Uniformly structured Sennheiser wireless technology is now available to teaching staff at all MLU locations. The consistent operating philosophy ensures above all that lecturers can concentrate on their real work and no longer have to think about how to operate the media equipment. The staff responsible for the technical equipment at MLU often have to change from one location to another, for example to provide holiday cover, and the new system reduces their work load, especially because they rarely have to respond to support enquiries concerning the wireless equipment.

At MLU, the SpeechLine DW systems do their job almost without being noticed. According to Schröder, there has not been any interference from DECT telephones so far, and the unavoidable latency of 19ms caused by the transmission process is of no consequence either. The working range of SpeechLine DW is also more than sufficient to cover all of the room sizes at MLU without any restrictions. The university uses the antennas that are supplied as part of the system. Only the auditorium of the Lions’ Building, where as many as six Sennheiser SpeechLine DW are in operation, employs remote antennae. There is no risk of feedback in the lecture halls or seminar rooms, as the maximum level of the PA has been set in such a way that loops cannot occur.

SpeechLine DW systemAmong the internal DSP possibilities offered by the Sennheiser SpeechLine DW systems, speech-optimised equaliser presets are used: ‘In those lecture halls that are predominantly used by female teaching staff, we have activated the ‘female’ preset,’ Schröder says. ‘However, we do not use the seven-band graphic equaliser and the low-cut filter.’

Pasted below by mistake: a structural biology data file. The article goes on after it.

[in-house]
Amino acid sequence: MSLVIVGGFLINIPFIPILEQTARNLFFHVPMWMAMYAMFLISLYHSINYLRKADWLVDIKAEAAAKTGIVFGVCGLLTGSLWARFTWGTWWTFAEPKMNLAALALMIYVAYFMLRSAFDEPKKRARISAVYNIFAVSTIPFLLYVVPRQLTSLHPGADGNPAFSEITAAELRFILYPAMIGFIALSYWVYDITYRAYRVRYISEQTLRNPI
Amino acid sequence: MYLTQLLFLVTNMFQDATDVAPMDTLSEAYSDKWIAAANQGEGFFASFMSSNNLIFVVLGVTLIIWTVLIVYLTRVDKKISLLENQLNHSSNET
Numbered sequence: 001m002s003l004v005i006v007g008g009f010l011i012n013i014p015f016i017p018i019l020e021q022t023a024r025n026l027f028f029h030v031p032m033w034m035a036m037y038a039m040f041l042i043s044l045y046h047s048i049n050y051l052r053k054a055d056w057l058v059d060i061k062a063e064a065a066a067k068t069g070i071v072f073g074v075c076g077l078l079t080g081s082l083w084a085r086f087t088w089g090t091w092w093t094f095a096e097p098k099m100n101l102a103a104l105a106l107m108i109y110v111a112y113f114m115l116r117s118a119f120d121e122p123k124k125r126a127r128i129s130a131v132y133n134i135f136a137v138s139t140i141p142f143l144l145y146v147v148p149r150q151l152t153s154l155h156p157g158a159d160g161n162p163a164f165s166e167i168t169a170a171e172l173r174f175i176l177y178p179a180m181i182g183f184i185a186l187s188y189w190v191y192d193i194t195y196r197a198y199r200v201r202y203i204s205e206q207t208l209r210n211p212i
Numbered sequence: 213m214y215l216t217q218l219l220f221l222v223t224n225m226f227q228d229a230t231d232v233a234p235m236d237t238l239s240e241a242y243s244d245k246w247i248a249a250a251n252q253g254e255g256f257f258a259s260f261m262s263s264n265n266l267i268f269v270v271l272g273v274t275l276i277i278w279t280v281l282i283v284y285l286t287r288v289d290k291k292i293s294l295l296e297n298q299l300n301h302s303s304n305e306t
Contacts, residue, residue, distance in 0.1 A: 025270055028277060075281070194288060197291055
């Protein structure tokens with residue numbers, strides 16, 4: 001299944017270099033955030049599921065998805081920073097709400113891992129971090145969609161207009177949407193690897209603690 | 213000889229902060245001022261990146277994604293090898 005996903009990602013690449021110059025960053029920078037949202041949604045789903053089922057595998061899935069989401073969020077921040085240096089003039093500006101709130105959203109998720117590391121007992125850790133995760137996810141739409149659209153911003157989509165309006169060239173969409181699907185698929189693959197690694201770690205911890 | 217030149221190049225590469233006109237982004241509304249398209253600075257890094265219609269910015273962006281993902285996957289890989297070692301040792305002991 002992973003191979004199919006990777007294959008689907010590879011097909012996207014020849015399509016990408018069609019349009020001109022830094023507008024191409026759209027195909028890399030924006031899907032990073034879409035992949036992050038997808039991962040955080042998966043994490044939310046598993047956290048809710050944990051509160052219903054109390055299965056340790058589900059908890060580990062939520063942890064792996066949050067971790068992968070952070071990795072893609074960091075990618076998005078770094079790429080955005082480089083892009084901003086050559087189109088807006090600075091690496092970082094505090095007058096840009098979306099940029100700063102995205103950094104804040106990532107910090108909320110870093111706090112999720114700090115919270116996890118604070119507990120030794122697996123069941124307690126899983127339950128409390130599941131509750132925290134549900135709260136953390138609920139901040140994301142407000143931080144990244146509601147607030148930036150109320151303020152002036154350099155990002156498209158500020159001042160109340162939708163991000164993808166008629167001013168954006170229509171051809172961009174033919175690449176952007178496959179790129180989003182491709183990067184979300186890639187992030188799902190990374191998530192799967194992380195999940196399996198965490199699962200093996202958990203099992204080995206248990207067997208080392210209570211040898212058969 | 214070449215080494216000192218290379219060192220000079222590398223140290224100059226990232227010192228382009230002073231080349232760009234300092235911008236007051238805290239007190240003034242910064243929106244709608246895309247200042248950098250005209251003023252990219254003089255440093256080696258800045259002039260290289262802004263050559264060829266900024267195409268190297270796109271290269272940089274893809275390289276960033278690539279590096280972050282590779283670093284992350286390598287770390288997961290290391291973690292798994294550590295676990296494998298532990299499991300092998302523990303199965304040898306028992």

The fact that the Sennheiser SpeechLine DW automatically adapts its input sensitivity to the current voice level has proven to be extremely useful in practice. According to Schröder, the possibility of AES encryption is not relevant for use on the campus: ‘The larger lecture theatres are equipped with A/V systems to enable lectures to be recorded, which means that, if the lecturers give their consent, content will increasingly be digitally archived in the future anyway.’

Schröder and Bernd Schiller are in agreement over the robustness of the Sennheiser products: ‘That really is a huge advantage, as it’s not a rare occurrence for handheld transmitters to be dropped onto the table in the heat of the moment,’ says Schröder.

In many lecture halls, the Sennheiser charging equipment (two-slot CHG 2 charging unit) is kept behind a lockable door in the lecturer’s desk.

‘The operating times for SpeechLine DW with fully charged batteries are incredibly long,’ Schröder confirms. ‘During conferences, I can rely on the transmitters working from early in the morning until late in the evening without any problems. The battery status indicator has proven to be reliable.’

After being used by the lecturers, the transmitters are placed back in the charging units. This functions without problems in practice and, due to the obvious discipline of the users, always ensures that the batteries are fully charged. ‘With SpeechLine DW, we no longer have to waste time changing batteries all the time,’ said Karsten Schröder, pleased about one of the many advantages of Sennheiser SLDW wireless systems.

In the future, in coordination with the IT managers, the SpeechLine Digital Wireless systems at Martin Luther University Halle-Wittenberg will form an integrated network that interconnects the various university locations. Sennheiser Control Cockpit software will then provide user-friendly remote control and monitoring of all the wireless systems that are connected.